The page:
Juan Williams, currently of Fox News, on the Hill joins the reactions of outrage to the Trump administration's family separation policy as part of its "zero tolerance" immigration enforcement program. He concludes: "Let’s hope love trumps anti-immigrant hate."
Monday, May 28, 2018
The Trump administration has declared war on the gang MS-13. Tonight, PBS Frontline looks at "The Gang Crackdown."Some 25 dead bodies have been found on Long Island since 2016, all linked to the violent gang MS-13. Numerous immigrant teens are missing. As law enforcement tries to stop the gang, FRONTLINE goes inside the crackdown — investigating how the slew of gruesome killings led to many immigrant teens being accused of gang affiliation and unlawfully detained.
Sunday, May 27, 2018
The special two-hour season finale of NBC's Law and Order SVU had a complicated immigration storyline, with a Deferred Action for Childhood Arrivals recipient and human smuggler the criminal and an undocumented nanny the victim. Here is the recap. I am not sure that I liked how immigration was depicted in the episode.
Examine the origin, history, and impact of the Chinese Exclusion Act in a special presentation of American Experience, coming to PBS on Tuesday, May 29 at 8/7c.
Marina Fang on the Huffington Post offers some background on the Chinese Exclusion Act and its history. In 1882, Congress voted to ban an entire ethnic group from immigrating to the United States. The Chinese Exclusion Act, iterations of which remained on the books for over 60 years, had a lasting effect on the history of U.S. immigration, as depicted in a new PBS documentary airing Tuesday. Filmmakers Ric Burns (brother of Ken) and Li-Shin Yu trace not only the law’s development and implementation but also its connection to other integral parts of American history unfolding contemporaneously, like segregation in the Jim Crow South, urbanization on the East and West Coasts, and trade abroad. At a screening of the film last week, Burns called the Chinese Exclusion Act a “quintessentially American story” and described it as “the biggest part of American history that people don’t know about,” because you would be hard-pressed to find it mentioned in many history courses.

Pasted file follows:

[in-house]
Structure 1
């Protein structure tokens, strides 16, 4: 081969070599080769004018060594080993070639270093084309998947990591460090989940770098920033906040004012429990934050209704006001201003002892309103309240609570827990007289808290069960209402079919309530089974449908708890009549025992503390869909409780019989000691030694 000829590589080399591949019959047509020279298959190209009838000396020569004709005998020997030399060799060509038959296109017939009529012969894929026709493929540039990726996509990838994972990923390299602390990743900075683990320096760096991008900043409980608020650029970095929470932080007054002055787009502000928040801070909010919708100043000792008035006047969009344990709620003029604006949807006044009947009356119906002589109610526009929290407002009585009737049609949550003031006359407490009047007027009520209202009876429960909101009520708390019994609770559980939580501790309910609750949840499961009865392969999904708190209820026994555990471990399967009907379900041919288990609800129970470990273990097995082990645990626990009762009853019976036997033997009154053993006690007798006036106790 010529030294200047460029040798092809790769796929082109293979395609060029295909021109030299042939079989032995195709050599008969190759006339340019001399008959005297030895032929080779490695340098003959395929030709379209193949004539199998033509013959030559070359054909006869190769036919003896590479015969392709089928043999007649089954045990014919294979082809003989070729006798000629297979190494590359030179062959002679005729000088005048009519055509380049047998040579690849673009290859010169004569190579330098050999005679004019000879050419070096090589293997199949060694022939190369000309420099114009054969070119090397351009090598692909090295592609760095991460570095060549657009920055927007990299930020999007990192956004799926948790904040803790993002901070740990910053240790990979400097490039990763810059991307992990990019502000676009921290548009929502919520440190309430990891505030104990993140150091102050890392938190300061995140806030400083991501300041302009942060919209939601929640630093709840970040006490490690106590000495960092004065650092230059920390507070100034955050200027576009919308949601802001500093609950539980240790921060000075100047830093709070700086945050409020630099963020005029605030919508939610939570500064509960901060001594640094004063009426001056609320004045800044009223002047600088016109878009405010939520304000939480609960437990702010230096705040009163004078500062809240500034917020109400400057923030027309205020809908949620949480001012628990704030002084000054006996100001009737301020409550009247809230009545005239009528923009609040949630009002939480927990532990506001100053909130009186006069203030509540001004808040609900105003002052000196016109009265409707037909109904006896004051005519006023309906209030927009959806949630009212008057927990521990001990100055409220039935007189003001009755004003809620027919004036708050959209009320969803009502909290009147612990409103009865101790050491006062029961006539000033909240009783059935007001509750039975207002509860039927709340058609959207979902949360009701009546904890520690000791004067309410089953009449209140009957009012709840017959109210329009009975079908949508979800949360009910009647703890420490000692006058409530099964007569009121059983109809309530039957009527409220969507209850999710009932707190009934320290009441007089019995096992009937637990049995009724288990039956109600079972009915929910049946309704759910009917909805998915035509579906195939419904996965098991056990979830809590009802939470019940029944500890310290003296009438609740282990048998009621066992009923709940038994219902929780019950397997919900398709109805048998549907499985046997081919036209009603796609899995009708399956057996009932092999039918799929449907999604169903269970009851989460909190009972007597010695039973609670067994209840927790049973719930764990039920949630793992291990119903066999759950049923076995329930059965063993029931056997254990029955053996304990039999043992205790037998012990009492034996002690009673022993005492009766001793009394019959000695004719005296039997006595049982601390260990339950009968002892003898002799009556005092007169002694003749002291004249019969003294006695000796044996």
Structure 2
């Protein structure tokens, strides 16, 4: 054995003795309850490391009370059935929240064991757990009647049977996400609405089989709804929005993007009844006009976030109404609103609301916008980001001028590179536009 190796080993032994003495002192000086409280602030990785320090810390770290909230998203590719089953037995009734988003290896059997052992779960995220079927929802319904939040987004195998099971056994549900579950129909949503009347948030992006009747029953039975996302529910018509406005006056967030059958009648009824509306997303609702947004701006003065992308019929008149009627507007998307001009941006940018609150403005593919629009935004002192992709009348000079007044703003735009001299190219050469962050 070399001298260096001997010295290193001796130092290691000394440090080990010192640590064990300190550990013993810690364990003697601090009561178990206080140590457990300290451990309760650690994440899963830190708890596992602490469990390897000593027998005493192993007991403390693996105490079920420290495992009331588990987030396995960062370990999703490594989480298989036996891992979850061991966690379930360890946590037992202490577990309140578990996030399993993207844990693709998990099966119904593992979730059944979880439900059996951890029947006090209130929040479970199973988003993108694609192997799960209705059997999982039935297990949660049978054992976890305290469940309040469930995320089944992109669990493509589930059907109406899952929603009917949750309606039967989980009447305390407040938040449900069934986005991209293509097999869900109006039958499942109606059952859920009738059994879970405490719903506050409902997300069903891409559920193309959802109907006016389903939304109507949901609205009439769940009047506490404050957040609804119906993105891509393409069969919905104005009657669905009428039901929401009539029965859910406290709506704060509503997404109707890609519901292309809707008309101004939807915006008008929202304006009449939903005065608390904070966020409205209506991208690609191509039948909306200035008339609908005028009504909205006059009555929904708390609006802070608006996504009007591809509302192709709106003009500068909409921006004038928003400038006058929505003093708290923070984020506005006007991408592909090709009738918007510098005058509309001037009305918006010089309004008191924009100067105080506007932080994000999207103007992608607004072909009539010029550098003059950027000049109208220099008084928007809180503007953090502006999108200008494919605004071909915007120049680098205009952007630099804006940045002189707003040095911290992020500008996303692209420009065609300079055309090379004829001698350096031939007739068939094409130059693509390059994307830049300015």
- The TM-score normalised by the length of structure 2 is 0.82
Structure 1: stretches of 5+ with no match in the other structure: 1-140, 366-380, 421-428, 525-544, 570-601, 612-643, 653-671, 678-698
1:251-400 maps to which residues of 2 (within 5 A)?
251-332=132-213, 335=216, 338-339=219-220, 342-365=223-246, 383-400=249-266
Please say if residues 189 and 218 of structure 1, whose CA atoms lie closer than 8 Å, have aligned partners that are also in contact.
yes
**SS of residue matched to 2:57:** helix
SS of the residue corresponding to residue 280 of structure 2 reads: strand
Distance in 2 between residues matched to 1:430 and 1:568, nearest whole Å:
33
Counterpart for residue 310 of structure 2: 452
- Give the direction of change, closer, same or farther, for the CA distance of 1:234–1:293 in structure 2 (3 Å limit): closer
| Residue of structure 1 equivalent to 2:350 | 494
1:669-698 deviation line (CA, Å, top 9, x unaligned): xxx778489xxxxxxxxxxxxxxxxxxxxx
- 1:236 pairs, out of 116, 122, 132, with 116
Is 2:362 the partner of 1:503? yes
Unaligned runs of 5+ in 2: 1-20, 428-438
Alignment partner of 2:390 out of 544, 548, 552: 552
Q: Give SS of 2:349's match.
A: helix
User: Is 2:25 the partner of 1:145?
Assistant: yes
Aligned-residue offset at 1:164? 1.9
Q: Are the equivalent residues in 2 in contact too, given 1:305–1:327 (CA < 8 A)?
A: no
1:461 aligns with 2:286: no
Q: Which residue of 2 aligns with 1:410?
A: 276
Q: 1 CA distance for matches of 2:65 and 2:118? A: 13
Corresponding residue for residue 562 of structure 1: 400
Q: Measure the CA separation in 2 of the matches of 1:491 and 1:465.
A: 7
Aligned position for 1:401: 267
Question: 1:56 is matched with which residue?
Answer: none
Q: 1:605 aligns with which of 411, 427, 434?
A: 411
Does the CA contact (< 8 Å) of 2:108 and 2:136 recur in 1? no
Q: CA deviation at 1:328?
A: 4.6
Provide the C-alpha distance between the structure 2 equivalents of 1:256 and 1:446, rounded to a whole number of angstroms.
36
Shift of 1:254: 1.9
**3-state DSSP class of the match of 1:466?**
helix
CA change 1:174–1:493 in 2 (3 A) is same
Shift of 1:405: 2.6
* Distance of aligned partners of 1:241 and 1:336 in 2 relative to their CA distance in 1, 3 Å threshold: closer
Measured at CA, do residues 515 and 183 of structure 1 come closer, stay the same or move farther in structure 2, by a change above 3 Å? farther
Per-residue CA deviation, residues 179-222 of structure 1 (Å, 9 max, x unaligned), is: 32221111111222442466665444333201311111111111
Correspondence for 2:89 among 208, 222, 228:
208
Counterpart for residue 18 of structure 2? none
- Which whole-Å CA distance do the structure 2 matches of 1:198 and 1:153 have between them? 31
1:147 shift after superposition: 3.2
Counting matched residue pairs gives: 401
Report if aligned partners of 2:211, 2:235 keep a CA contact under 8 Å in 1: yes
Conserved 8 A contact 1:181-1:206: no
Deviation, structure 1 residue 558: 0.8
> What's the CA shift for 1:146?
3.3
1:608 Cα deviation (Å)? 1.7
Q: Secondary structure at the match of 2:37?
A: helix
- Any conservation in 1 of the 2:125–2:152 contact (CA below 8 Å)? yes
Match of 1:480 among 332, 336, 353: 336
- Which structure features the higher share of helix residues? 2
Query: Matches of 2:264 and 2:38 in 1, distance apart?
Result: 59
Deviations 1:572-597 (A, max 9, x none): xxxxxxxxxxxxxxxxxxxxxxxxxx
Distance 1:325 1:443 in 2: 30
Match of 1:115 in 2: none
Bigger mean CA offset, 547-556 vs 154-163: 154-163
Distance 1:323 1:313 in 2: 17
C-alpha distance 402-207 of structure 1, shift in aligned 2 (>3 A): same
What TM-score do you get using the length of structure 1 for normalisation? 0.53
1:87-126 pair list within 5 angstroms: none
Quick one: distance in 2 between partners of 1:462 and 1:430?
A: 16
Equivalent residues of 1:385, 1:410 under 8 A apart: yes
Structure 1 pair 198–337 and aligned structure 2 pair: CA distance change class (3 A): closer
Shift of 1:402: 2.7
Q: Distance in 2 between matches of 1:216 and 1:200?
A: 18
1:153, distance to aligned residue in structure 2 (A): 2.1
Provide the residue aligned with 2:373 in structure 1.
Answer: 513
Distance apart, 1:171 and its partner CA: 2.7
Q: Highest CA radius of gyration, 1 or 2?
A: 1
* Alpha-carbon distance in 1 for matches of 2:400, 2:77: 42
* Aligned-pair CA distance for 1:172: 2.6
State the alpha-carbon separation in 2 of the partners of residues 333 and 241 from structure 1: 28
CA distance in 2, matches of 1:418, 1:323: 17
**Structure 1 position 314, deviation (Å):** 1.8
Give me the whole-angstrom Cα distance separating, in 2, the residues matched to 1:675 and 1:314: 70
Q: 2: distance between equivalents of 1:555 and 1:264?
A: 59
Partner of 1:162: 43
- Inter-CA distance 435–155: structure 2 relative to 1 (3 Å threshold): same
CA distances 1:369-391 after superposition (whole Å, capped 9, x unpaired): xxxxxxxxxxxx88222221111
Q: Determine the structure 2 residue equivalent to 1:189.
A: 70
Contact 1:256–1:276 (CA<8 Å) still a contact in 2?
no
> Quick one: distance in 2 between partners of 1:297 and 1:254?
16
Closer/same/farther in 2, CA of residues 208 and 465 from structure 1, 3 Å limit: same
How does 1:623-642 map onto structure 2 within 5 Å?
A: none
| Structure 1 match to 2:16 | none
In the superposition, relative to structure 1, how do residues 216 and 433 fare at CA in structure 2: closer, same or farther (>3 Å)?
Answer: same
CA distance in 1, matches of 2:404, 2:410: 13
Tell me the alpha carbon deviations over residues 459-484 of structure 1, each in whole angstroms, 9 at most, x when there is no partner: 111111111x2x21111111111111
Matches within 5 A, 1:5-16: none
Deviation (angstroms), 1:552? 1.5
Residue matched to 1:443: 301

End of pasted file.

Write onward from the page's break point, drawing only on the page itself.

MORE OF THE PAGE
Wednesday, May 23, 2018
Study after study has shown that arts education nurtures students’ creativity and problem-solving skills, competencies that are critical for success in a 21st Century world, but how does dance and movement heal and transform at-risk youth? New York’s Battery Dance launched its Dancing to Connect programs in 2006.
Since that time, the program has spread to 6 continents, 50 countries, 100 cities, and 1,000 schools. A powerful new documentary (Moving Stories) by Wilderness Films follows six dancers from the dance company from India to Eastern Europe to the Korean Peninsula to the Middle East as they support vulnerable youth helping them to express themselves through movement. The film focuses on the struggles, frustrations, resilience and ultimate transformation of the students and their dance teachers.
Here is an Article with more details.
Monday, May 14, 2018
Today, FWD.us and the Council of Fashion Designers of America (CFDA) are releasing an updated report about the impact of immigration policy on the country’s fashion industry and its role creating American jobs. The report found that the industry, which generates more than $250 billion in annual revenue and employs nearly two million people, relies on the skills of immigrants from around the world.
One year ago the CFDA and FWD.us released the joint report Designing an Immigration System That Works, which served as a call to action for immigration reform and featured details on the way in which the system impacts the American fashion industry To anniversary the inaugural study, we partnered with FWD.us to update the study.